I'd up your PWC's to at least 25% a week, instead of 20% every 3 weeks (unless you meant to say every 3 days). Aside from removing nitrates, PWC's also recharge nutrients / minerals and ions fish need. Get your well water tested just to ensure they're no minuet soap residue coming out of the faucet. Hopefully by now it should be removed.

My best guess is you underwent an ammo spike and somehow some bacteria in your tank died (leading to nitrite numbers). Continue to do PWC's and test with the API test master. Give your tank another week and then you could consider adding another fish a little at a time.

Moving forward, I recommend setting up a QT tank for new stock once your tank is established. In regards to air-stone ... I personally consider it a vital piece of equipment in any aquarium (a source of debate) to help promote oxygen exchange.

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Old 11-22-2011, 01:00 PM   #4
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I also had like six fish die in a month. It was cause my sink water, my tanks weren't cycled, and I was doing to many and to big of water changes! Good luck I know it gets frustrating after u lose so many fish. Keep ur head up it will get better!
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Old 11-22-2011, 01:12 PM   #5
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HI and welcome. It seems like you're inappropriately stocking your tank and adding too many fish too soon. Also instead of testing for nitrate, focusing on nitrite and ammonia particularly would have been better as they are far more toxic to fish than nitrate. You'll also need to increase your water change schedule.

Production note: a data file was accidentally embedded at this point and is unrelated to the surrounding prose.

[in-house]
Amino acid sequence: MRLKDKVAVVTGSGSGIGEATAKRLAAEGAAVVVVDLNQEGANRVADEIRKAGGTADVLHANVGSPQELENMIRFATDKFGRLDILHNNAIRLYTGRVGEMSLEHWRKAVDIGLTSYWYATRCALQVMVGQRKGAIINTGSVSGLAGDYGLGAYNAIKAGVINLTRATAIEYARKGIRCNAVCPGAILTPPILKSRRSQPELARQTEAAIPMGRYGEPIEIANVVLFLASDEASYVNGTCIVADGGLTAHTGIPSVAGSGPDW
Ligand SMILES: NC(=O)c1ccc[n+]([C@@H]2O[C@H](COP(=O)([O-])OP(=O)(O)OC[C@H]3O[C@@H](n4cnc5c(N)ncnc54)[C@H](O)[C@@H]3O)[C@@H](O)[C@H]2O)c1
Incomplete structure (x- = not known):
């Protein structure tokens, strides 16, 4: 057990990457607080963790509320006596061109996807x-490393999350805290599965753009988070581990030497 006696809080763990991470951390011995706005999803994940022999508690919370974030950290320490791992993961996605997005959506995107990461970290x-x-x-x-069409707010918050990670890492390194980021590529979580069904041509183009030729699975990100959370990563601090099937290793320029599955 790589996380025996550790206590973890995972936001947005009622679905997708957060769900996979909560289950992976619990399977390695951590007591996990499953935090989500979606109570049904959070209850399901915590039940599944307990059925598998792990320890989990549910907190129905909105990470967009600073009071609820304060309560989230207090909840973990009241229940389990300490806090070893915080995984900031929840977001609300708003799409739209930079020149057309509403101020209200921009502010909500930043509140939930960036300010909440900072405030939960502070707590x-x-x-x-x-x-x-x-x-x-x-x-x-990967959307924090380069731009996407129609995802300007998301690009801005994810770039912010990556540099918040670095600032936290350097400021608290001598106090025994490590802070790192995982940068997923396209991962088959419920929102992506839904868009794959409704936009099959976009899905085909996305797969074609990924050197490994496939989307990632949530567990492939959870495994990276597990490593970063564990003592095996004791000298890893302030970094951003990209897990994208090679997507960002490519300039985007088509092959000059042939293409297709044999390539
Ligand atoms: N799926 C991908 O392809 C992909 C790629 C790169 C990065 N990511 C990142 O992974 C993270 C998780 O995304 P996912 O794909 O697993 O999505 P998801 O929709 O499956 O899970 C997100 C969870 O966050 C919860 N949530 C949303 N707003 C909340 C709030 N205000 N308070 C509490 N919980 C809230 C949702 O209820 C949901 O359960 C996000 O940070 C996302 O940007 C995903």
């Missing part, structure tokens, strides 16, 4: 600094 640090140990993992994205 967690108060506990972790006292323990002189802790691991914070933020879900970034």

The tank may have cycled already, or at least close-to. It's likely your fish died from ammonia and/or nitrite poisoning during the cycling process (ammonia rises then falls, then nitrite rises than falls).You have nitrite at .5 now? What's your ammonia level? Have you tested nitrite before? Have they been higher than .5? At .5 you're borderline toxic for fish; I'd do a 60% water change asap.

Also if you change water sources too quickly that can be bad for the fish as well. Fish like stability; changing from tap water which they are used to to spring water which may or may not contain enough minerals and which may be a lot softer than your water can be a shock to them. Find one water source and stick to it (preferably tap).

First, look at the link in my signature: new tank with fish. It'll guide you through what you have to do to keep the remaining fish alive (and may give you an indication of why the others died). You'll also need to current readings for ammonia, nitrite and nitrate. If you have ammonia and/or nitrite, you'll need to do far more water changes than one every few weeks (probably daily for a while if levels are still showing). I'm not sure where you are in the cycle without further information: if there's ammonia, and whether or not nitrite have spiked and then are falling or is this the first time you're seeing them? You may either be about done with the cycle (if nitrites are falling) or just starting the nitrite phase if nitrites are just starting to show. Again that guide in my signature will help. What test kit are you using?

I wouldn't add any more fish until the tank stabilizes. Also it's best to research online and ask here first before buying fish; the pet/fish stores will mostly sell you whatever you want whether or not your tank is appropriate for the fish you are buying. Also once the tank stabilizes I highly recommend one 50% water change per week at least, but for now do them as needed to keep ammonia and/or nitrite as low as possible.